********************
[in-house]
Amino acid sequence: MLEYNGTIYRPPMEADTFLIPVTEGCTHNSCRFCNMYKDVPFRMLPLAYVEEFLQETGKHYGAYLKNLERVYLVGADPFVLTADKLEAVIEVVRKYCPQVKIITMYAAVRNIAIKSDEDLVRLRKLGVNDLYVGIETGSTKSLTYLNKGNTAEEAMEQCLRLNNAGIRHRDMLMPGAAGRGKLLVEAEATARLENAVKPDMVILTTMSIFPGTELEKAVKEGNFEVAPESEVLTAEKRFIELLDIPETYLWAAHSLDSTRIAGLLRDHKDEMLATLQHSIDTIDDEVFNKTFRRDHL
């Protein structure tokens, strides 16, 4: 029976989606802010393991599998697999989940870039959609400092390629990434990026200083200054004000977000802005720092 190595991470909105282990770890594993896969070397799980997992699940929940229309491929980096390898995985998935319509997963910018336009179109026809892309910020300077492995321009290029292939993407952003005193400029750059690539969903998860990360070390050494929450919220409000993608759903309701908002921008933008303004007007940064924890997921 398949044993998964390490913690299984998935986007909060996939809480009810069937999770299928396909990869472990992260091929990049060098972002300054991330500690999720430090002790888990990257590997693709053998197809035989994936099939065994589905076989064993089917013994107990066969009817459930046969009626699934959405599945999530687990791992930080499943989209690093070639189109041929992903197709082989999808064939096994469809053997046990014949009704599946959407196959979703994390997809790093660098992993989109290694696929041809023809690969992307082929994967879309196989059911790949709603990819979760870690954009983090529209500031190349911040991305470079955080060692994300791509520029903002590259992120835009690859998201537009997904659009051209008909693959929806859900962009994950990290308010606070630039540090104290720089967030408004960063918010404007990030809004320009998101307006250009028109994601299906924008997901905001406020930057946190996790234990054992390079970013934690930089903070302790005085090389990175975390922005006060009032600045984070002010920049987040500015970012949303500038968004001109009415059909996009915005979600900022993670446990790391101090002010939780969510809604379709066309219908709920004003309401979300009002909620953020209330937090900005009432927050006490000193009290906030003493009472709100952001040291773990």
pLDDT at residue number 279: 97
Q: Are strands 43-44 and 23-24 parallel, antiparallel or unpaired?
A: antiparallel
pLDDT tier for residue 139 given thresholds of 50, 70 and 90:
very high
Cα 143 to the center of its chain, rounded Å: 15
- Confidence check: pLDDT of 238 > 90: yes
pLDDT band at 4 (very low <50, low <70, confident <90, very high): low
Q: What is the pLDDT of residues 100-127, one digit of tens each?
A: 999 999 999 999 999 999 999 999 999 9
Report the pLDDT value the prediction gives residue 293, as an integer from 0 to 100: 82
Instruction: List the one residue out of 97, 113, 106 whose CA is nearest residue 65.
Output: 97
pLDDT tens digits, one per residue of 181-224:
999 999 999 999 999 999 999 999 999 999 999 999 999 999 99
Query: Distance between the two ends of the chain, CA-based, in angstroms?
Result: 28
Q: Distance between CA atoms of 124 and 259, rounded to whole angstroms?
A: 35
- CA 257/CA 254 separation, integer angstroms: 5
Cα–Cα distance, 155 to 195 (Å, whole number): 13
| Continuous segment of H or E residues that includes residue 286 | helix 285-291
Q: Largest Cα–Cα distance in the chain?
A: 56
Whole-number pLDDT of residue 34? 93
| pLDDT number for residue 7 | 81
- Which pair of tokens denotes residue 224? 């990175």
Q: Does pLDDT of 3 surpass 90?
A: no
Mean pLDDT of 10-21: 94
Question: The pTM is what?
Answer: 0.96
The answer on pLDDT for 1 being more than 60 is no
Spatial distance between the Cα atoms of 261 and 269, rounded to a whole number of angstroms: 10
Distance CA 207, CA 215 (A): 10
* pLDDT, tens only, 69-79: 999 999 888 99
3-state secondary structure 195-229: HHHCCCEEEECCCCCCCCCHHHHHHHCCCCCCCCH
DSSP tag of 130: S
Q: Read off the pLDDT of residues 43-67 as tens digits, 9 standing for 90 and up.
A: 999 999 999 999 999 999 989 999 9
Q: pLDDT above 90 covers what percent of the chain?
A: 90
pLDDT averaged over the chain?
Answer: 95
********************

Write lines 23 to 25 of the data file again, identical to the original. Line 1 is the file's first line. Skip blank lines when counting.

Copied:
- CA 257/CA 254 separation, integer angstroms: 5
Cα–Cα distance, 155 to 195 (Å, whole number): 13
| Continuous segment of H or E residues that includes residue 286 | helix 285-291